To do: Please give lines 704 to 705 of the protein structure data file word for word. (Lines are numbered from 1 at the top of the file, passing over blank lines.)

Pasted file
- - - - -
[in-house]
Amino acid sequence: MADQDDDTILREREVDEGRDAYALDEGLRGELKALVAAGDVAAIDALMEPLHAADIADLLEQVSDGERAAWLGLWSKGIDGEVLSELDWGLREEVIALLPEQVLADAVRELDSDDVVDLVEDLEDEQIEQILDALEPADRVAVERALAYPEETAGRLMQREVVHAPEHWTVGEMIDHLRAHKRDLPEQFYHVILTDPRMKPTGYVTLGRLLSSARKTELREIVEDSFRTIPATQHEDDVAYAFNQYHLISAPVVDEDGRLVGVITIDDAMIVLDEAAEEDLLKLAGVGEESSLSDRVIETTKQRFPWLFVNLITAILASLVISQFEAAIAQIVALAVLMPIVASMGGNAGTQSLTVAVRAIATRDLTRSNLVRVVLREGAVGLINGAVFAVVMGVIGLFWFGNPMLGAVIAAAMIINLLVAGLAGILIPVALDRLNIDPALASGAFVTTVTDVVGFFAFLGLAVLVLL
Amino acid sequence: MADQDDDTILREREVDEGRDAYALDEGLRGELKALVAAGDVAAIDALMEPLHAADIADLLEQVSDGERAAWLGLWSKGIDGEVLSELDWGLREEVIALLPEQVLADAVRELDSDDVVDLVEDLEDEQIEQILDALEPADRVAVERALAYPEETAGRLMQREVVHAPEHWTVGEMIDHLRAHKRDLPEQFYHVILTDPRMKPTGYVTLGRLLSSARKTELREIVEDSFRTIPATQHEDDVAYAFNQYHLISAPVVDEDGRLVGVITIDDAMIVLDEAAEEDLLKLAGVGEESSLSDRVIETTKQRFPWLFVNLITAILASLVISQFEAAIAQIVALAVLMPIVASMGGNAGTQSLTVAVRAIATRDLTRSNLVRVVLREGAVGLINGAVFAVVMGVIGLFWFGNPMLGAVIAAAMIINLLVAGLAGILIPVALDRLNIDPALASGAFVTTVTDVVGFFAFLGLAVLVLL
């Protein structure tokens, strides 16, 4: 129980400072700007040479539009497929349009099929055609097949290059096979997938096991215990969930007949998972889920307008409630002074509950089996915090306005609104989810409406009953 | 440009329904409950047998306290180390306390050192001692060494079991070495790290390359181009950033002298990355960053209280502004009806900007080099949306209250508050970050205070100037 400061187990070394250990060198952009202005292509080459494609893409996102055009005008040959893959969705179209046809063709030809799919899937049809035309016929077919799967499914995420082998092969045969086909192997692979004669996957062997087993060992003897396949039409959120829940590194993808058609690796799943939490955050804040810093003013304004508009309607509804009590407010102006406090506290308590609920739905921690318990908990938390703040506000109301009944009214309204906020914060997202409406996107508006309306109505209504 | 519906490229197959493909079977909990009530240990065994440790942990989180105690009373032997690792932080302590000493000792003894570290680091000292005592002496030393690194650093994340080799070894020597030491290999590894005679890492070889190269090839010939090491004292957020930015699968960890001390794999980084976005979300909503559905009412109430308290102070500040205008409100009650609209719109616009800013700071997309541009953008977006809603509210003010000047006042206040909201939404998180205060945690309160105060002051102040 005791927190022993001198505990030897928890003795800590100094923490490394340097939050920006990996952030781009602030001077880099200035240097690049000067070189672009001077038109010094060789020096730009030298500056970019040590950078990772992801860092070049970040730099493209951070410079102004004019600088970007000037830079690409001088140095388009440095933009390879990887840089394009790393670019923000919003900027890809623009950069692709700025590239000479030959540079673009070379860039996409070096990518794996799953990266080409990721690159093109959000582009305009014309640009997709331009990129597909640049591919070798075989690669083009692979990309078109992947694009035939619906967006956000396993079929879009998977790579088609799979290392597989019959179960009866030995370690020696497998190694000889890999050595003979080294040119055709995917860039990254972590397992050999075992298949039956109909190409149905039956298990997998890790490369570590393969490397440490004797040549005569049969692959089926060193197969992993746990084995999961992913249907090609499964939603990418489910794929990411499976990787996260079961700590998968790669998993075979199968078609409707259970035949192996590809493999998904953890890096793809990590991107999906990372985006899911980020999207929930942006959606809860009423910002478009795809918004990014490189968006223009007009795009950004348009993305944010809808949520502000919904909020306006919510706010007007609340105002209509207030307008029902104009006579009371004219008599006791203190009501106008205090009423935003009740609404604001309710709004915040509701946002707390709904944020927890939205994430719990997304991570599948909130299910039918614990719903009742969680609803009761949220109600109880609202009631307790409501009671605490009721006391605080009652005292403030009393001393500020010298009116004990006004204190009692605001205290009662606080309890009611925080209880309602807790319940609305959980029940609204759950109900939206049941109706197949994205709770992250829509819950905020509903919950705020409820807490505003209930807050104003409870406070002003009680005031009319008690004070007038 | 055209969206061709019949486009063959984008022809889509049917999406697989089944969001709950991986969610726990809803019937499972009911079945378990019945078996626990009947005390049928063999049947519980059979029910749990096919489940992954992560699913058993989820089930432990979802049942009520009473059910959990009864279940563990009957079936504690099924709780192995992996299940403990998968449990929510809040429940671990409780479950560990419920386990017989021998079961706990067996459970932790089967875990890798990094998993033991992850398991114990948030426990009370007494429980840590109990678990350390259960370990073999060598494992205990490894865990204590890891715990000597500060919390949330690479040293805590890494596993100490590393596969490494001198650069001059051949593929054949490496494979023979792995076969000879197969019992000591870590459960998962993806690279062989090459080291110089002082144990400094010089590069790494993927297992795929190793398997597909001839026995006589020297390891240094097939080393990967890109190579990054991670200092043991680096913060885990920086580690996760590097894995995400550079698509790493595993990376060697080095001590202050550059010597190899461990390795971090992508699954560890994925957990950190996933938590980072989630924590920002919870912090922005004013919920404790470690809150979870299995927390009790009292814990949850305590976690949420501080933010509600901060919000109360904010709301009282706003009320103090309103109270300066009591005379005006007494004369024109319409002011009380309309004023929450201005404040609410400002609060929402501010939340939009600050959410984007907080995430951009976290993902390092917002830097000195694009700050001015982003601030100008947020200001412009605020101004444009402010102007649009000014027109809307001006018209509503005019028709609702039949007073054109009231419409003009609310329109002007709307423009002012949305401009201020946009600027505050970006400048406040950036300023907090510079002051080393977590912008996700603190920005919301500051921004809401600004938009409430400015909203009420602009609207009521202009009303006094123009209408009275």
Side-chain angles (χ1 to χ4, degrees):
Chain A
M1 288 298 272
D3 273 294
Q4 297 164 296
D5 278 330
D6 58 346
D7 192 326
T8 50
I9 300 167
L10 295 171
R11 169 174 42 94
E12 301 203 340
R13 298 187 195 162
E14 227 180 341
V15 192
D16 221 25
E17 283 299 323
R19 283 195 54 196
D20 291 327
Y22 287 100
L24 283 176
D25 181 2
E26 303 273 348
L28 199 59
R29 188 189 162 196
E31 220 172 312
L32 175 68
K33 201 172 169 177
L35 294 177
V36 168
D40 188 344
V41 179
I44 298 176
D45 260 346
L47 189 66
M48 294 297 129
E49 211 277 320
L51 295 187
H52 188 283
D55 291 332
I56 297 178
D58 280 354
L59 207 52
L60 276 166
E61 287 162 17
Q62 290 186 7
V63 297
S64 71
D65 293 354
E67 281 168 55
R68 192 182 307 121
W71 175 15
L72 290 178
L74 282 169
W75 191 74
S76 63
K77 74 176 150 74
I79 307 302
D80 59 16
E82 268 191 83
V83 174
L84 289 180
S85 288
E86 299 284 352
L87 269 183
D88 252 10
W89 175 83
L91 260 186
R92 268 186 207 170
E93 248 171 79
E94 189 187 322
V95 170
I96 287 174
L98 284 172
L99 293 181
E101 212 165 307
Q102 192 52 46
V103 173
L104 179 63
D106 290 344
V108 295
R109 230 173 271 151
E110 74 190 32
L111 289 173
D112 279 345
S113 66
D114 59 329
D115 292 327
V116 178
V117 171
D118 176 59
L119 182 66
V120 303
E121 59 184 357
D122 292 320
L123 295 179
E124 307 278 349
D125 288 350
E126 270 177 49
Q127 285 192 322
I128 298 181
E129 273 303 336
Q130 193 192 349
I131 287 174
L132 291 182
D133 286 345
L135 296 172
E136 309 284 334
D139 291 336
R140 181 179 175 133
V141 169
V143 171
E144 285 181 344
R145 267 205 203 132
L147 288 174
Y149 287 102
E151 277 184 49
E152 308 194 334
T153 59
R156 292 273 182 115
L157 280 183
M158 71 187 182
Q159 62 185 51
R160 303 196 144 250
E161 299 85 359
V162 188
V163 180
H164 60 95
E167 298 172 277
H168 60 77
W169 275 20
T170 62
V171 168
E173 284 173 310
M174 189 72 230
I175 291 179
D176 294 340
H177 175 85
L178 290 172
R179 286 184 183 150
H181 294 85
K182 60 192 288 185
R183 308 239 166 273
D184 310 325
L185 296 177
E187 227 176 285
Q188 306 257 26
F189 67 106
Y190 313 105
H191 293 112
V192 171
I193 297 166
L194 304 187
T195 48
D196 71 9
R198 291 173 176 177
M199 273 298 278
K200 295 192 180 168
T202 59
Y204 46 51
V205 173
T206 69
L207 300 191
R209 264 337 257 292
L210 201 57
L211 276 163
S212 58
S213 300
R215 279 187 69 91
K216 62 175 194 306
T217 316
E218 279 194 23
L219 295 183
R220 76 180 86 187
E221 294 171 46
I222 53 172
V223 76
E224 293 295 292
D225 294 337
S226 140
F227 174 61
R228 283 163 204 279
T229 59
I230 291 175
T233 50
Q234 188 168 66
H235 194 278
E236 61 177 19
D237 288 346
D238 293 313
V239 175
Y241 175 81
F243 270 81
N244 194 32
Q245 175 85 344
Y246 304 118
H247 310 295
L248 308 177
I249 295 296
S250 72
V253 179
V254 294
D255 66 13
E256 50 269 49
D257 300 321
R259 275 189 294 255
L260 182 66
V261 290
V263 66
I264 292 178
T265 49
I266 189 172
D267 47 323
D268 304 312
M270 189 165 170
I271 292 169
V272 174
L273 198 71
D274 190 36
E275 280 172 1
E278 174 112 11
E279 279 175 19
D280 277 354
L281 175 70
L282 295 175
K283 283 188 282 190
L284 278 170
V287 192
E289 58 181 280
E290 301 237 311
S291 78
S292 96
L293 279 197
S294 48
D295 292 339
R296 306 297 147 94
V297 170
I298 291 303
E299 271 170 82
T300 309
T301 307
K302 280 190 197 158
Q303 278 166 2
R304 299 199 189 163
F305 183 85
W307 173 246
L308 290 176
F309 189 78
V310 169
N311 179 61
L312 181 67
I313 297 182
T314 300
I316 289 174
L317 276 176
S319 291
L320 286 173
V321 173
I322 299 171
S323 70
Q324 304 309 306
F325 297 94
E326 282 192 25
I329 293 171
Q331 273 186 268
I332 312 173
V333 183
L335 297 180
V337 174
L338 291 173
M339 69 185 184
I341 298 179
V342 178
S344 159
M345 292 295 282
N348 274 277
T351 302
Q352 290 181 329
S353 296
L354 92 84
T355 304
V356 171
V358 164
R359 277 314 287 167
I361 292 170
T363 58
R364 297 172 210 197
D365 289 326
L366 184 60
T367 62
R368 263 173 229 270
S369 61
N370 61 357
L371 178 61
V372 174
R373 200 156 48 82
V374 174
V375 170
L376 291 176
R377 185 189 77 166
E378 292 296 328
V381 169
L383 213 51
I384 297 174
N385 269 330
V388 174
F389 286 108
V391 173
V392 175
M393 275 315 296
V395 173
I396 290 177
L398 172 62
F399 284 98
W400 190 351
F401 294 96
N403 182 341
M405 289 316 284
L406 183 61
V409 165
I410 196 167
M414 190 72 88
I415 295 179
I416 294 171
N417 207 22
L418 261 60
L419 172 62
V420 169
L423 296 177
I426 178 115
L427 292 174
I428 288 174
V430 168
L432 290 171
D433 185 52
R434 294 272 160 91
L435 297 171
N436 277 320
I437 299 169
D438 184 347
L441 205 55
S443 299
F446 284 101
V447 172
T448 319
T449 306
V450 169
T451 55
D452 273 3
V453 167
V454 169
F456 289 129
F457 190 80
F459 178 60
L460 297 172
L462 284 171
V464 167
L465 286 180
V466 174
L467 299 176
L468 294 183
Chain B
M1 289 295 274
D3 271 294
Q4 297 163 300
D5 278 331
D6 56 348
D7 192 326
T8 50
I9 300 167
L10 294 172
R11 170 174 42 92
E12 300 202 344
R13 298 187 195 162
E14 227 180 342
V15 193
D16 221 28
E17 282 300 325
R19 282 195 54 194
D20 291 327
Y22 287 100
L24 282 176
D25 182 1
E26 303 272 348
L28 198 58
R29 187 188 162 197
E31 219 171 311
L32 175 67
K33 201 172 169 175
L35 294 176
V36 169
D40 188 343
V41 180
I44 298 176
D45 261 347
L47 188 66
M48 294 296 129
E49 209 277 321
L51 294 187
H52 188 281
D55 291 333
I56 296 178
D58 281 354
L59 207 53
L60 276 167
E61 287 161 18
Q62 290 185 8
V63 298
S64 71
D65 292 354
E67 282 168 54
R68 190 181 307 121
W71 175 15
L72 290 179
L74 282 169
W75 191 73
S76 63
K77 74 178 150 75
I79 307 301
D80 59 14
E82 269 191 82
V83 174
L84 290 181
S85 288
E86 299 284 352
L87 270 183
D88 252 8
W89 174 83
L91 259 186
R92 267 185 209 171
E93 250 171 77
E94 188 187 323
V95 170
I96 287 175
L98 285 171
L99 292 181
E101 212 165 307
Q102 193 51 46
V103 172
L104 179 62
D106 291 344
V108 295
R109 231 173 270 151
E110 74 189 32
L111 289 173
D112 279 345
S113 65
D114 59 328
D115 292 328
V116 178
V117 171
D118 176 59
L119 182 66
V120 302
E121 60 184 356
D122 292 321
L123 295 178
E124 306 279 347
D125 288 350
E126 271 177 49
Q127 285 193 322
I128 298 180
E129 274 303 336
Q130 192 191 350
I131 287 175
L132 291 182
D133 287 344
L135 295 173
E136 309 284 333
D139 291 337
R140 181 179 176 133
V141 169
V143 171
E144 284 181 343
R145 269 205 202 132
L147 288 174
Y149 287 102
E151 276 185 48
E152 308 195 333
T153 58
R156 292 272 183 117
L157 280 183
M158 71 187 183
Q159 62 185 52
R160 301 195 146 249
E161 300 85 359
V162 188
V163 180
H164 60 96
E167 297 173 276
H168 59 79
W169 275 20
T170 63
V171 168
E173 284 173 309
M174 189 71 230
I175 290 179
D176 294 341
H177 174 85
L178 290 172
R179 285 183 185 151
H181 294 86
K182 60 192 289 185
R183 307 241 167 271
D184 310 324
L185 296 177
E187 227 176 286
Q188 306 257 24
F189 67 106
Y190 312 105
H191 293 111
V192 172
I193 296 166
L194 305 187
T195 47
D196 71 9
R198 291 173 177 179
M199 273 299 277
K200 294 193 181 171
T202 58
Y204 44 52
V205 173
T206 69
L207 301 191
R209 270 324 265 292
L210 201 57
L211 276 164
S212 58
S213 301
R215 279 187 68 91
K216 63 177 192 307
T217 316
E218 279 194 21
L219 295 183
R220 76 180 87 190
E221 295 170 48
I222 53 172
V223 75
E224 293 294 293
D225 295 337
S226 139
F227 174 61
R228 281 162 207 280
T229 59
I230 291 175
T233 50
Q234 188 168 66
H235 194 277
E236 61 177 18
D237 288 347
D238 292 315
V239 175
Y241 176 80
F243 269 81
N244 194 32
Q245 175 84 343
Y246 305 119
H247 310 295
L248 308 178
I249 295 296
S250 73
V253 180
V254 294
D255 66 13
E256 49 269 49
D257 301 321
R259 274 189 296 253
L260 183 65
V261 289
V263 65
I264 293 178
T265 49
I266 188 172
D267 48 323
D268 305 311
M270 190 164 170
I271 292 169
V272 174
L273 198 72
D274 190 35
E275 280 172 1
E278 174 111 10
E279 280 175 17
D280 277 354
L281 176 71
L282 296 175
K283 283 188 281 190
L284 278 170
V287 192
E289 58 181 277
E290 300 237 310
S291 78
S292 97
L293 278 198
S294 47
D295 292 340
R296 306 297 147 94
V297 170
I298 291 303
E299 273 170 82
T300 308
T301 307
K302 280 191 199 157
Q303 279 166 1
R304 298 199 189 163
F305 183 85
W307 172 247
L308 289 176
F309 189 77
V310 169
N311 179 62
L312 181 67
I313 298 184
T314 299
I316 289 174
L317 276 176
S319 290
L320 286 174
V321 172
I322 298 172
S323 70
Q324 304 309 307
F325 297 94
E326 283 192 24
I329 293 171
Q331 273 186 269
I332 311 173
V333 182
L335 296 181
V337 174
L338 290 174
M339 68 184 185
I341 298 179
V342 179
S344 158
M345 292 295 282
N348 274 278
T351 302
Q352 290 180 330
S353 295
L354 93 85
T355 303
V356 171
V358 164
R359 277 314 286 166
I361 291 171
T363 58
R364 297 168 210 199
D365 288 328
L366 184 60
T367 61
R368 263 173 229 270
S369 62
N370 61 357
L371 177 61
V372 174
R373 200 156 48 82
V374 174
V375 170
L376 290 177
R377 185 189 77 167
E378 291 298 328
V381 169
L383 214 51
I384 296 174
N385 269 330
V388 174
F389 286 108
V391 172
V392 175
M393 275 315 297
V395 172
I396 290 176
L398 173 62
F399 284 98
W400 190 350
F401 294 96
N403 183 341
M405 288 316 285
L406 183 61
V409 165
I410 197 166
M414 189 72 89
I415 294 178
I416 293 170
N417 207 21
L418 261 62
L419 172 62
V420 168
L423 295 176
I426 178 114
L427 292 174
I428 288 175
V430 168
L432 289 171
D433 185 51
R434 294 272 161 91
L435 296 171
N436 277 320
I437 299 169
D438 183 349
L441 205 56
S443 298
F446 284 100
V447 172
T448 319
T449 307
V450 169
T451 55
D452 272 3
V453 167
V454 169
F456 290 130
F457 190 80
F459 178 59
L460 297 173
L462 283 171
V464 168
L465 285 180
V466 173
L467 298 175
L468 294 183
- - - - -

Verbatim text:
N436 277 320
I437 299 169